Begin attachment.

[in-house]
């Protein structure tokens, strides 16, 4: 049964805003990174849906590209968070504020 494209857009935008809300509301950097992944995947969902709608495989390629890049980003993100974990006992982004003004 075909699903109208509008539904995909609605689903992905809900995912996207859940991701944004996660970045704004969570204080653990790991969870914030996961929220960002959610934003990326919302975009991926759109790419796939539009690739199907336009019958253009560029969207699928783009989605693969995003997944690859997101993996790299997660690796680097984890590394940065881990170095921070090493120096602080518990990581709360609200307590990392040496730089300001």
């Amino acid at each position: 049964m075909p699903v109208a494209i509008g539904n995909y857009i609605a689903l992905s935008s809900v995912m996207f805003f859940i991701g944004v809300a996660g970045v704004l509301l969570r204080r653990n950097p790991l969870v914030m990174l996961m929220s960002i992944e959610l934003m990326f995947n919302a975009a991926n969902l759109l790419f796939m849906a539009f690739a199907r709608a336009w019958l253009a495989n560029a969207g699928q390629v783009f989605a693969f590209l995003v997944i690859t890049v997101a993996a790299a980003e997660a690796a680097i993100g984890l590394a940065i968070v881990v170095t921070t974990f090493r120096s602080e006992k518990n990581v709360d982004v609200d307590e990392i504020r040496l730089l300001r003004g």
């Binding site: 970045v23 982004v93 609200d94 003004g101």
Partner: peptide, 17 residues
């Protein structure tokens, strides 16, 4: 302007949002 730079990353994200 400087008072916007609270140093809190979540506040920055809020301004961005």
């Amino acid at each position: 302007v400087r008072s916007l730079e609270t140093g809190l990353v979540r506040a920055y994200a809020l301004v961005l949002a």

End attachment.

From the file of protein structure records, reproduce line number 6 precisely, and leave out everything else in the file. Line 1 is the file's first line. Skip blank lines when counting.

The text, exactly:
């Protein structure tokens, strides 16, 4: 302007949002 730079990353994200 400087008072916007609270140093809190979540506040920055809020301004961005």